A broad-gauge railway is a railway with a track gauge broader than the 1,435 mm standard-gauge railways.
A railroad switch (AE), turnout, or [set of] points (BE) is a mechanical installation enabling railway trains to be guided from one track to another, such as at a railway junction or where a spur or siding branches off.
In rail transport, track gauge or track gage is the spacing of the rails on a railway track and is measured between the inner faces of the load-bearing rails.
A third rail, also known as a live rail, electric rail or conductor rail, is a method of providing electric power to a railway locomotive or train, through a semi-continuous rigid conductor placed alongside or between the rails of a railway track. It is used typically in a mass transit or rapid transit system, which has alignments in its own corridors, fully or almost fully segregated from the outside environment. Third rail systems are always supplied from direct current electricity.
A dual gauge railway is a track that allows the passage of trains of two different track gauges. It is sometimes called a "mixed gauge" track. A dual gauge track consists of three rails. There will be two vital rails, one for each gauge close together and a third rail, a "common" rail further away. Sometimes, four rails are required using two outer and two inner rails to create the dual gauge. Dual gauge is not to be confused with a "third rail" or "check or guard rails".
The Cincinnati, Lebanon and Northern Railway (CL&N) was a local passenger and freight-carrying railroad in the southwestern part of the U.S. state of Ohio, connecting Cincinnati to Dayton via Lebanon. It was built in the late 19th century to give the town of Lebanon and Warren County better transportation facilities. The railroad was locally known as the "Highland Route", since it followed the ridge between the Little and Great Miami rivers, and was the only line not affected by floods such as the Great Dayton Flood of 1913.
With railways, a break of gauge occurs where a line of one gauge meets a line of a different gauge: specifically a different track gauge. Trains and rolling stock cannot run through without some form of conversion between gauges, and freight and passengers must otherwise be transshipped. A break of gauge adds delays, cost, and inconvenience.
Gauntlet track or interlaced track is an arrangement in which railway tracks run parallel on a single track bed and are interlaced such that only one pair of rails may be used at a time. Since this requires only slightly more width than a single track, all rails can be carried on the same crossties/sleepers. Trains run on the discrete pair of rails appropriate to their direction, track gauge or loading gauge.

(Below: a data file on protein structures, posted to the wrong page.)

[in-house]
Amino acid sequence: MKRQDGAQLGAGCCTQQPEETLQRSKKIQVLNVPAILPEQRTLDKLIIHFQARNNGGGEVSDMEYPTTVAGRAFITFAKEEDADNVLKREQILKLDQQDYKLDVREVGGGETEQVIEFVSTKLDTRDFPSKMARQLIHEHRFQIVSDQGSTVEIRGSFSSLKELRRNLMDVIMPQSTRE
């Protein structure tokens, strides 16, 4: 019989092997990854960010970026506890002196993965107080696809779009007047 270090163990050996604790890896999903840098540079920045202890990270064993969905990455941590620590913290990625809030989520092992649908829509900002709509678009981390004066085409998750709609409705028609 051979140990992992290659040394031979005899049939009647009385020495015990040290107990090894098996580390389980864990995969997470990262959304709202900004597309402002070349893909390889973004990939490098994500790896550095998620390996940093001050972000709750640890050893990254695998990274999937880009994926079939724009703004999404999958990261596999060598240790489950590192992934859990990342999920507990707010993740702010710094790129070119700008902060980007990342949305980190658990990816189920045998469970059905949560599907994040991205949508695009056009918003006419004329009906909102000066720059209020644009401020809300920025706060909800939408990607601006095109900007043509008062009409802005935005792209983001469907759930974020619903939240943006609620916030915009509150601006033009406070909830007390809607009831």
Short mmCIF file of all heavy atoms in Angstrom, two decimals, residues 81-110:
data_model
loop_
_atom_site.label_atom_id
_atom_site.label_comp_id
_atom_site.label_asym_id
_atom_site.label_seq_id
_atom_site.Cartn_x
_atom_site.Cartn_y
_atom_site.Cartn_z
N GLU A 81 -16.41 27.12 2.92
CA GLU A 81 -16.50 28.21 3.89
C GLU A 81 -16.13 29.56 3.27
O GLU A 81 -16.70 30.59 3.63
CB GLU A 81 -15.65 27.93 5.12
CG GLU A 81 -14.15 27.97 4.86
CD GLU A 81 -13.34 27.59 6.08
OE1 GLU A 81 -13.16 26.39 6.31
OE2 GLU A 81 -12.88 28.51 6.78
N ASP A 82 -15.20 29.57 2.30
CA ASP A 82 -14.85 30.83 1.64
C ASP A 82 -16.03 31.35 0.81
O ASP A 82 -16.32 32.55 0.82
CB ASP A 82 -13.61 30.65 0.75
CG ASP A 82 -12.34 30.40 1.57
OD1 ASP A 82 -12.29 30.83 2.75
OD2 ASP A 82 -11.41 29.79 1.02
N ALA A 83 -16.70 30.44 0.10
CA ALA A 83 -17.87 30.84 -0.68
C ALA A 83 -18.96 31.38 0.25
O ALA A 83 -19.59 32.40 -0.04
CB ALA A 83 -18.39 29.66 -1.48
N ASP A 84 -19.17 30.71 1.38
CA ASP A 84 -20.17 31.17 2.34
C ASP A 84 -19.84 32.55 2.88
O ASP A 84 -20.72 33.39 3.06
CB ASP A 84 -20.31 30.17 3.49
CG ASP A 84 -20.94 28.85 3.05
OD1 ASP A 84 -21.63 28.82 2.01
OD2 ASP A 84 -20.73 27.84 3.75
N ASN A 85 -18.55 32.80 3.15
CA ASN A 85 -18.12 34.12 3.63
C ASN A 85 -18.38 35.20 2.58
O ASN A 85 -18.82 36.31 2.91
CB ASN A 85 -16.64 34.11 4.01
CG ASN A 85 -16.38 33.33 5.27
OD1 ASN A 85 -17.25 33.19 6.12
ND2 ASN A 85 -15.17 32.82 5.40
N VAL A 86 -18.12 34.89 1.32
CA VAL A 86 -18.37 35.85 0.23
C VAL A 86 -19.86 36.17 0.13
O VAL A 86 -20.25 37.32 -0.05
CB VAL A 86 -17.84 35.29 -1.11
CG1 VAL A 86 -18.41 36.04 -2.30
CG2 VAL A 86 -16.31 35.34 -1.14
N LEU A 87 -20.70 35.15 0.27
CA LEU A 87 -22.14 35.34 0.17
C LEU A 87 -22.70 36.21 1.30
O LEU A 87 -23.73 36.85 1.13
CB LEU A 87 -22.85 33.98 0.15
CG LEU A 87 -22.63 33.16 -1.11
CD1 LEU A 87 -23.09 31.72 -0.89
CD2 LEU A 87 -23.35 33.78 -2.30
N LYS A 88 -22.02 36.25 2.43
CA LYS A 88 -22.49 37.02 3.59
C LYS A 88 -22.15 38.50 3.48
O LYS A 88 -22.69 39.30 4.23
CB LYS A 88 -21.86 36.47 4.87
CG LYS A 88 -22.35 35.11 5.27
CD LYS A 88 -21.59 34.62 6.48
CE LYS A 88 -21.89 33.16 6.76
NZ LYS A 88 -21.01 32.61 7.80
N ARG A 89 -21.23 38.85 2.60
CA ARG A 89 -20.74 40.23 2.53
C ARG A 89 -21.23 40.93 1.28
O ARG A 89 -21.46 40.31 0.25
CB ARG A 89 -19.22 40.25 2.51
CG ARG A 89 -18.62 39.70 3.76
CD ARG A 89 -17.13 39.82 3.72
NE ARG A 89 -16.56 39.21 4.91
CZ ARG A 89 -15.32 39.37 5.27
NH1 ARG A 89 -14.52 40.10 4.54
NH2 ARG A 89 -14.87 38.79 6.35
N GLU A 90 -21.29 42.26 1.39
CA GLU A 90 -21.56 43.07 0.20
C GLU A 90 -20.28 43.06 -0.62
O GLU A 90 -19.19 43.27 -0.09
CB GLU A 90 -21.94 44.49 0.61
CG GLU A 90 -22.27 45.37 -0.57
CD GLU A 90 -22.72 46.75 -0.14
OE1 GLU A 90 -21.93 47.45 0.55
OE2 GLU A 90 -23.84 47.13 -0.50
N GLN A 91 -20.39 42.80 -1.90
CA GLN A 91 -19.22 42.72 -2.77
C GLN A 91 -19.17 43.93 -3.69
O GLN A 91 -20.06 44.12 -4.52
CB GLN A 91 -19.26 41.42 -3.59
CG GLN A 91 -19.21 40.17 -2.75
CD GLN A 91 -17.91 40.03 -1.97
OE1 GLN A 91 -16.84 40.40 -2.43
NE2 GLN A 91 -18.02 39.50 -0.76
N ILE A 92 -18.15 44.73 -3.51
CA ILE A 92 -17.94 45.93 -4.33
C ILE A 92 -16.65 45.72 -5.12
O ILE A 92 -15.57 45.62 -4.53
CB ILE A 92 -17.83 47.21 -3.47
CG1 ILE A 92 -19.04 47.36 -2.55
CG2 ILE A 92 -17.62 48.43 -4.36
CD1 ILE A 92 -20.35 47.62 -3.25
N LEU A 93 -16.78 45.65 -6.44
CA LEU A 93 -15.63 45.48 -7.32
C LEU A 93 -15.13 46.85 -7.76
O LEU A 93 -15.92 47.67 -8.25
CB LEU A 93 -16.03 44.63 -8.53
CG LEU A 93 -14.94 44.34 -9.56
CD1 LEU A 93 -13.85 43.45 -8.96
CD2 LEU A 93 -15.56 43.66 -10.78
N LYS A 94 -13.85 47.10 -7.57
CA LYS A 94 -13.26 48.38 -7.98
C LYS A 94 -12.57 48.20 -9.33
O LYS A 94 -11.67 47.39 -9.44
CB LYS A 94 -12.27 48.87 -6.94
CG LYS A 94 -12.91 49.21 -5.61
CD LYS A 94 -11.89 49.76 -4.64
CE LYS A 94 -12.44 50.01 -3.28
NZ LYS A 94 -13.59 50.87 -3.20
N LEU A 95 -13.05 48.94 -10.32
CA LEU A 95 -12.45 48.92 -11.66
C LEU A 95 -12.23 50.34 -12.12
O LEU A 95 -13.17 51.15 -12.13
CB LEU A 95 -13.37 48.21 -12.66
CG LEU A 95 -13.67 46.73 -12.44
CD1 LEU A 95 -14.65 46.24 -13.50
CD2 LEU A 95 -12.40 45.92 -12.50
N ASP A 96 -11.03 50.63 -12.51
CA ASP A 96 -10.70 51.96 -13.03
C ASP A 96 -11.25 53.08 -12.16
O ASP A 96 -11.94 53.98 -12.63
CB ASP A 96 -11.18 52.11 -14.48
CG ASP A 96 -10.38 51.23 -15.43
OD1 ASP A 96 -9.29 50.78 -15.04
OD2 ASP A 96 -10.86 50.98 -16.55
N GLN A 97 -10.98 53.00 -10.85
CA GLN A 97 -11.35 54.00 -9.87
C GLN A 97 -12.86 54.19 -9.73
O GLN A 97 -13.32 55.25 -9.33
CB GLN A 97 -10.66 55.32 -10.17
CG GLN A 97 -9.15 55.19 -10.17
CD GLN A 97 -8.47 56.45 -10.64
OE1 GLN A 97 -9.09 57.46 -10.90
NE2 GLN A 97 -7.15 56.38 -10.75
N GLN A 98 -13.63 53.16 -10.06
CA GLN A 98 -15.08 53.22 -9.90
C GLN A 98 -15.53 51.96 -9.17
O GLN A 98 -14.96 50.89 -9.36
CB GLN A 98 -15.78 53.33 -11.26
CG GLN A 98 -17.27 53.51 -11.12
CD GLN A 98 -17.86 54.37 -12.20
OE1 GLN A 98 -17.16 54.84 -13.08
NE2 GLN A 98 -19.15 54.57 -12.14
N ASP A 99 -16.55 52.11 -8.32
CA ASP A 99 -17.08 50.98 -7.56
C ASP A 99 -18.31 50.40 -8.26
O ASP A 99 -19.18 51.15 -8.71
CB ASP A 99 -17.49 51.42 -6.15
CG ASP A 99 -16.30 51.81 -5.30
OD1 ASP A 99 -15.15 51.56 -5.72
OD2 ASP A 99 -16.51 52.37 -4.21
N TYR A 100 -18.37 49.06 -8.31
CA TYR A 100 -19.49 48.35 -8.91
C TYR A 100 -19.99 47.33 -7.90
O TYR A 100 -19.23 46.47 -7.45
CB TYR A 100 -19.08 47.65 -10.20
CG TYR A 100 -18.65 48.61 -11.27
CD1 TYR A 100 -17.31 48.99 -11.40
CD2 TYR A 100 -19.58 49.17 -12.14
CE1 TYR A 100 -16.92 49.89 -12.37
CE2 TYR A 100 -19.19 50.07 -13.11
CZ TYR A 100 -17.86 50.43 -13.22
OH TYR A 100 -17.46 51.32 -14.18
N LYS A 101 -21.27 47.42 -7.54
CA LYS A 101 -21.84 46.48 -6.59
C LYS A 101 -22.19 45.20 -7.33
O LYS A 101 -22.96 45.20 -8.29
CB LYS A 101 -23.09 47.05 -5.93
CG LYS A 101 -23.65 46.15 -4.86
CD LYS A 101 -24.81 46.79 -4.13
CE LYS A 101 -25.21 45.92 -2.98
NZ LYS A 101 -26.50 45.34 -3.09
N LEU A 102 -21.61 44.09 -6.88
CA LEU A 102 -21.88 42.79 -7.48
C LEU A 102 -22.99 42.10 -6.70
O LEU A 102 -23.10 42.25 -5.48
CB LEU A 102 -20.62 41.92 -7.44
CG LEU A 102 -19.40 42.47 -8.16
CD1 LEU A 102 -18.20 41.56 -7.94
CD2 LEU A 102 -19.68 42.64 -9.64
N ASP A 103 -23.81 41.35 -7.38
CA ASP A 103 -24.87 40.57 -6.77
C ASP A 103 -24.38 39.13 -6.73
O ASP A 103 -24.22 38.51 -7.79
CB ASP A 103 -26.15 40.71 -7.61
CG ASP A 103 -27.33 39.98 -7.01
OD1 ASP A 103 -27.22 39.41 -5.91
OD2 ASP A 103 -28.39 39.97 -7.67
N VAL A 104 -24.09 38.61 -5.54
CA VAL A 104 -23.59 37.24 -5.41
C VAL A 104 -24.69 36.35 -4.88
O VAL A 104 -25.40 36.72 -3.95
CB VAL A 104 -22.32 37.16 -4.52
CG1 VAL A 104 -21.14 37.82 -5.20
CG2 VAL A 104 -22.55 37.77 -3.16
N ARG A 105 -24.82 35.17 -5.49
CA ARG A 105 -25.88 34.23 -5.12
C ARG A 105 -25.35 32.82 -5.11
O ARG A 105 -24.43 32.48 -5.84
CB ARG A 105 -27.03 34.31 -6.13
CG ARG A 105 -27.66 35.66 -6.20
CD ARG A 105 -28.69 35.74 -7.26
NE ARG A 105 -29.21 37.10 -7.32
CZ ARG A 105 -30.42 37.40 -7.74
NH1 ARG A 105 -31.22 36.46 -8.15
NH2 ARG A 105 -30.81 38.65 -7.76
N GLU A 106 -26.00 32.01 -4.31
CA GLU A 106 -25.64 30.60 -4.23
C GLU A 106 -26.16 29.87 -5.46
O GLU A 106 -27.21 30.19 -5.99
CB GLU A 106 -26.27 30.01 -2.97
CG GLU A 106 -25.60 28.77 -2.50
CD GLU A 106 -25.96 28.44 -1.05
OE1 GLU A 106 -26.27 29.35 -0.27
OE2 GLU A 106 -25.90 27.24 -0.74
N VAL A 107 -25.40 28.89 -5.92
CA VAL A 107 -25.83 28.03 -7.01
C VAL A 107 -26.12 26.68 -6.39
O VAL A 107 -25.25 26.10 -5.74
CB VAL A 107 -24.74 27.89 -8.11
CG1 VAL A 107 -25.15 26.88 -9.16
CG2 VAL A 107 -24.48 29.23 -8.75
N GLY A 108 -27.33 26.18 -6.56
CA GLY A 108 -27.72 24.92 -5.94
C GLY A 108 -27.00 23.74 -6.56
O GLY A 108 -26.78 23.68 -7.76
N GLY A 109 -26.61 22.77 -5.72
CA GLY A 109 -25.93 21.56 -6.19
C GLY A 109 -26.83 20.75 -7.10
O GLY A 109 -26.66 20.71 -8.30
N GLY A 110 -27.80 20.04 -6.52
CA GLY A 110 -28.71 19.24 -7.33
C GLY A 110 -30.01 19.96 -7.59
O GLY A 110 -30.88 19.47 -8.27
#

A double-track railway usually involves running one track in each direction, compared to a single-track railway where trains in both directions share the same track.
Railways with a railway track gauge of 5 ft were first constructed in the United Kingdom and the United States. This gauge is also commonly called Russian gauge because this gauge was later chosen as the common track gauge for the Russian Empire and its neighbouring countries. The gauge was redefined by Soviet Railways to be 1,520 mm.
The South Pacific Coast Railroad (SPC) was a 3 ft narrow gauge steam railroad running between Santa Cruz, California and Alameda, with a ferry connection in Alameda to San Francisco. The railroad was created as the Santa Clara Valley Railroad, founded by local strawberry growers as a way to get their crops to market in San Francisco and provide an alternative to the Southern Pacific Railroad. In 1876, James Graham Fair, a Comstock Lode silver baron, bought the line and extended it into the Santa Cruz Mountains to capture the significant lumber traffic coming out of the redwood forests. The narrow-gauge line was originally laid with 52-pound-per-yard (26 kg/m) rail on 8-foot (2.44 m) redwood ties; and was later acquired by the Southern Pacific and converted to 4 ft 8 1⁄2 instandard gauge.
Rail transport in Australia involves a number of narrow-gauge railways. In some states they formed the core statewide network, but in the others they were either a few government branch lines, or privately owned and operated branch lines, often for mining, logging or industrial use.
Upsala-Lenna Järnväg (ULJ) is a narrow-gauge heritage railway in Uppsala County, Sweden. It is 33 km (21 mi) long and is a part of the once extensive Roslagen network. The gauge is the 891 mm, unique to Sweden. The railway is run by the SRJmf society.
5 ft 6 in / 1,676 mm, a broad gauge, is the track gauge used in India, Pakistan, western Bangladesh, Sri Lanka, Argentina, Chile, and on BART in the San Francisco Bay Area.
The vast majority of North American railroads are standard gauge. Exceptions include some streetcar, subway and rapid transit systems, mining and tunneling operations, and some narrow-gauge lines particularly in the west, e.g. the isolated White Pass and Yukon Route system, and the former Newfoundland Railway.
A railway or railroad is a track where the vehicle travels over two parallel steel bars, called rails. The rails support and guide the wheels of the vehicles, which are traditionally either trains or trams. Modern light rail is a relatively new innovation which combines aspects of those two modes of transport. However fundamental differences in the track and wheel design are important, especially where trams or light railways and trains have to share a section of track, as sometimes happens in congested areas.
The Southern California Railway Museum, formerly known as the Orange Empire Railway Museum, at 2201 South "A" Street in Perris, California, is a railroad museum founded in 1956 at the Pinacate Station as the "Orange Empire Trolley Museum." The museum also operates a heritage railroad on the museum grounds.